I would love to see ‘Kansas’. I was just thinking I might have room for another peony. 😉 Yes, you’re right about the Three Friends of Winter. I’d forgotten. Perhaps that’s why. I know during the Chinese Revolution, the government felt the peony was too closely aligned to royalty and rich families.~~Dee

  3. Peonies are truly the heavenly beauty…even i am desperately waiting to have a glimpse of about to born peony in my garden… this increases the actual beauty of your garden

  4. Oh, I love peonies…here I’m watching the buds and waiting for them to bloom. Your garden and pictures are so lovely, would you be interested in sharing them over at a carnival I’m hosting called Tuesday Garden Party? We all love the opportunity to “peek” into other’s gardens! The Tuesday Garden Party starts every Tuesday at 6:30am (PST) at http://www.AnOregonCottage.com and runs through Thursday. I hope you’ll stop by and share!

  5. Your garden must be a delight right now, Dee! I love peonies, and since my husband gets a bit wistful about them (they’re widely grown in his home country), we’ve decided that whenever we have a permanent address, we’re growing some. I too cannot understand why they fell out of favor. It’s weird.

    We saw a lovely peony last summer outside a local diner, blooming its heart out in August, which surprised me. But now you have explained the mystery. Thanks for the information. 🙂
    .-= Meredith´s last blog ..a hint of joys to come =-.

  6. It was not very wise of me to click on your post, Dee – your peonies are lovely and you’ve placed them perfectly in your lovely garden. They were one of my favorite flowers, too – and I never imagined a life without peonies!

    Seems to me that some nursery should send you an intersectional peony so you can give it a real test in Oklahoma!

    Annie at the Transplantable Rose

    PS Just saw your tweets about the tornadoes – hope not too much damage has resulted
    .-= Annie in Austin´s last blog ..Garden Blogger’s Muse Day for May 2010 =-.

  7. Your peonies are so beautiful! I got my first peony bloom this year. It was leaning way down because of the rain so I decided to cut it and bring it in the house where I could enjoy it more.
    As always, thanks for sharing!
    Kelly
    .-= Kelly Bundy´s last blog ..Happy Mother’s Day, Mama =-.

  8. If I had more sun I would plant more peonies. I think they are marvelous. I have a tree peony but it has been a disappointment becasue it looses its petals every year at peak bloom time due to rain it seems. I just can’t seem to get enough of it.

    I was surprised to see you as regional editor in the Birds and Blooms issue this month. I might haven known you did this but forgot. Fun to see you in print.

    Happy Mother’s Day.

  9. To say that the Itoh peonies are pricey is still an understatement. We got in half a dozen from Monrovia this spring at work in a 5 gal pot. They were under-priced at $80. I told the perennial manager that was still too high and they wouldn’t sell. I had to eat my words, they did not last a week.

    BTW, I love that picture of ‘Backdraft’ Iris.

  10. Peonies are much beloved where I live, since Van Wert was once the “Peony Capitol of the World.” Breeders lived here and there were huge farms of them. Very few yards older than 30 years old or so are without at least one peony and most have many.

    There was a peony cultivar that was bred here that experienced some success, but fell out of favor due to week stems that couldn’t support the blooms very well. There are still a few ‘Jubilee’ peonies in existence and I wish I had one. There are always plant supports!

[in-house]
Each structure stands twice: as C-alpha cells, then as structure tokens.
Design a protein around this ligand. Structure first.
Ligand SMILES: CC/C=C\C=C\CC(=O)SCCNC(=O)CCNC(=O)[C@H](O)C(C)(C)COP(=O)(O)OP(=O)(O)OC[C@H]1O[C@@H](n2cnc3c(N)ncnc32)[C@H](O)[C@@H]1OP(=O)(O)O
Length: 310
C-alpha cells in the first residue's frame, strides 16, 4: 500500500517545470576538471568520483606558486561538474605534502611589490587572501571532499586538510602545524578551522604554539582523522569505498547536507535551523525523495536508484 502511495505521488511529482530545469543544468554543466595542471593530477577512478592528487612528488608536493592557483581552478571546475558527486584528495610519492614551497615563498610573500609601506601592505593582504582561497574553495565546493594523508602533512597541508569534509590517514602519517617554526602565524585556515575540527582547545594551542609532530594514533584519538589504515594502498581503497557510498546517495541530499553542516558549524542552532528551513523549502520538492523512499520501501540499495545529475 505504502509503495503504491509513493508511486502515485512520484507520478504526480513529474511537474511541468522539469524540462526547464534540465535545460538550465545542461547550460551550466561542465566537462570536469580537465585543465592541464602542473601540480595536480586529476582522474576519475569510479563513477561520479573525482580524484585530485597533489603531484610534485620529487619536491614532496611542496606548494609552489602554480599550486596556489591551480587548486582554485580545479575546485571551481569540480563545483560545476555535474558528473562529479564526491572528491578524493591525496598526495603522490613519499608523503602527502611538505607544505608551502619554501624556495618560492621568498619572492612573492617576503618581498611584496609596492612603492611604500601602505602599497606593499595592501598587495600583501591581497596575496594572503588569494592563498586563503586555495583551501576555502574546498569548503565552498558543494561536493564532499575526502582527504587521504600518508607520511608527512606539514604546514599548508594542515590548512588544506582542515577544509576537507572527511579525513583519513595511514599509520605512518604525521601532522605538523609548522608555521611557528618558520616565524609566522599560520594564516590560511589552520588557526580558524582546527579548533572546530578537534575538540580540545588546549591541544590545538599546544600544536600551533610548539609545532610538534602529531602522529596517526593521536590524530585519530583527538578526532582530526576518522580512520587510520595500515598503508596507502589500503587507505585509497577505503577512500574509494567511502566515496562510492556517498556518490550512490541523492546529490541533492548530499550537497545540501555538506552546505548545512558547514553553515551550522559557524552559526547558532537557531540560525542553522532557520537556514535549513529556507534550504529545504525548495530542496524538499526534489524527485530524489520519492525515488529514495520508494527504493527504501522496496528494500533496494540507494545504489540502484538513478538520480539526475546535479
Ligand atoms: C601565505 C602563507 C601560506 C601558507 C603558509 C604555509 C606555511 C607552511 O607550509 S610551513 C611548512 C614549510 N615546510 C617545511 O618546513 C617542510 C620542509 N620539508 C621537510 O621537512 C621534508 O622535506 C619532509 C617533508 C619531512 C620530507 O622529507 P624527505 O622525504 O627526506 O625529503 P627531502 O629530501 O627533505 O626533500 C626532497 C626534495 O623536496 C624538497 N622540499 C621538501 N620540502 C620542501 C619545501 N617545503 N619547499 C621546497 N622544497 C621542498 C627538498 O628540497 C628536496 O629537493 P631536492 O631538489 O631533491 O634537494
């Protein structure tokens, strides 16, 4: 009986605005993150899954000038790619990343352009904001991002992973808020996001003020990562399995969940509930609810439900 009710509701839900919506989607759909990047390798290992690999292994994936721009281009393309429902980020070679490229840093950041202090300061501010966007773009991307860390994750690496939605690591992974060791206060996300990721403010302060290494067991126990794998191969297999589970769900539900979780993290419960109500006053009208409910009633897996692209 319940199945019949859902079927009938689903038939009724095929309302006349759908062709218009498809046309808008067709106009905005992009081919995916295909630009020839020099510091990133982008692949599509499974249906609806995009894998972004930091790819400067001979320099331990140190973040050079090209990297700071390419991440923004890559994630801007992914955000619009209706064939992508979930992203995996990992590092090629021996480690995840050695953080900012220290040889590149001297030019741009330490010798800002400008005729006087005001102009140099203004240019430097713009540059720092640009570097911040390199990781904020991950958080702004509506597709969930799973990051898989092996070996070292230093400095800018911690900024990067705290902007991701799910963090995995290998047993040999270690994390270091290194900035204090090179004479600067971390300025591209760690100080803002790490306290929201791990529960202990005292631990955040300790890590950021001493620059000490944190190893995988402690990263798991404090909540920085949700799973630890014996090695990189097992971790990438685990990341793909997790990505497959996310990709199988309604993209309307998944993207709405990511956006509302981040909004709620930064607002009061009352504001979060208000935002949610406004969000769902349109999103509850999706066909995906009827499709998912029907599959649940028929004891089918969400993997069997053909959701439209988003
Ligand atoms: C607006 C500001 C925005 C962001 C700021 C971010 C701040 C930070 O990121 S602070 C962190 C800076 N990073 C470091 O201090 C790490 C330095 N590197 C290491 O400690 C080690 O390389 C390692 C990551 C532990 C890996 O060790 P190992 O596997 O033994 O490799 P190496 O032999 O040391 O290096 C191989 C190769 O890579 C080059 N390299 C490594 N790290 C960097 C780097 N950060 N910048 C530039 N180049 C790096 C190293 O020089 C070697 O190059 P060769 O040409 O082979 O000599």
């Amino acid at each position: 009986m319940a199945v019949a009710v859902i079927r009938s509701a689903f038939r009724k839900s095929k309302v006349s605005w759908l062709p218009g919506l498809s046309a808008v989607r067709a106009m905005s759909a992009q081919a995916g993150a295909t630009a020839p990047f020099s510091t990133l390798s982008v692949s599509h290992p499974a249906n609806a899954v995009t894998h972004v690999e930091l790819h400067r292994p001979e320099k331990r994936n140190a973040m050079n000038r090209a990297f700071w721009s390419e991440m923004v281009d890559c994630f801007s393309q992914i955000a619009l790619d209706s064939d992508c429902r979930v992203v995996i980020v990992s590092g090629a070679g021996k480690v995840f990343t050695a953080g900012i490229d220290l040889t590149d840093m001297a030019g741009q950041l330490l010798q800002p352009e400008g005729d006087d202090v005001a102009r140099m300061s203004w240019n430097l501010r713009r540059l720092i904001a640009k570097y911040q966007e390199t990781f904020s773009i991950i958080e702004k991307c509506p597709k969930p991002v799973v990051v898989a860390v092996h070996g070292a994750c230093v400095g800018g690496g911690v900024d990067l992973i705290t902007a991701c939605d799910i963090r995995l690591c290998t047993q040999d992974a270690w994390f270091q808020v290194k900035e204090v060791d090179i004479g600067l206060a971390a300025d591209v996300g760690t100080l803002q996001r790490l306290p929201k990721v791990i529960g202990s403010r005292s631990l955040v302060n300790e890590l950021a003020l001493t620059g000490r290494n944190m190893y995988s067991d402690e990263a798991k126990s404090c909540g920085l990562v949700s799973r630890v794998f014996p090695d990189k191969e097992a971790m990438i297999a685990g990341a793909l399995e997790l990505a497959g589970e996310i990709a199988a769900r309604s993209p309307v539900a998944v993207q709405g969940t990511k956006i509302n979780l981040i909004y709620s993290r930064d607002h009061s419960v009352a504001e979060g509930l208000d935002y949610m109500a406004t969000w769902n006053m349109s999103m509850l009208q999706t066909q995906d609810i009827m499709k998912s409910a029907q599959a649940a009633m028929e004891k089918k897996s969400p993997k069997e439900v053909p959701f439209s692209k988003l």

The Peony Festival is celebrated each year on the first weekend in June. This year, the peonies may very well be all done blooming by then!
    .-= Kylee from Our Little Acre´s last blog ..Monarch! =-.

  11. Your garden is looking gorgeous. I love your roses and peonies both. I just have ‘Festiva Maxima’ but love it. What keeps me from getting more is the price; I’m a cheapskate and don’t like to spend more than $15 for a plant unless it’s a prize shrub. Peonies are worth the money though. They live forever and are such a showstopper in bloom.
    .-= Sweet Bay´s last blog ..Flaunt Your Flowers =-.

  12. My favorite flower too! I didn’t know they fell out of favor. I have about 30 going here at Tiger Gardens including two tree peonies. I can’t get enough of smelling them and I think the white ones look like big fluffy cupcakes for some crazy reason. I think yours look great with the irses and roses!
    .-= tina´s last blog ..Wine Bottle Edged Greenhouse & More =-.

  13. I love Peonies, I just wish they weren’t so expensive here! I don’t have any, yet. Gorgeous, stunning, beautiful all came to mind as I looked at each photo!
    .-= Jo´s last blog ..In Loving Memory… =-.

  14. I think the older Peonies may have falled out of favor because they were weak-stemmed, floppy things. The newer hybrids are bred for strong stems. I like Peonies for their foliage as well as the flowers, as the foliages turns such a great color in fall. My Tree Peony is ready to burst into bloom, and the ants are already crawling on the buds of the herbaceous Peonies. Someday, I will have an Intersectional. Someday.
    .-= Mr. McGregor’s Daughter´s last blog ..The Real Reason I Didn’t Go To Malvern* =-.

  15. Mine are just starting to bloom too. They smell heavenly, and are beautiful in the vase!! This is the first year I have ever gotten flowers–and this is their second season in the ground. However, I transplanted some from my mom, and they have been in the ground for 5 years and never bloomed. .until this year.

Comments are closed.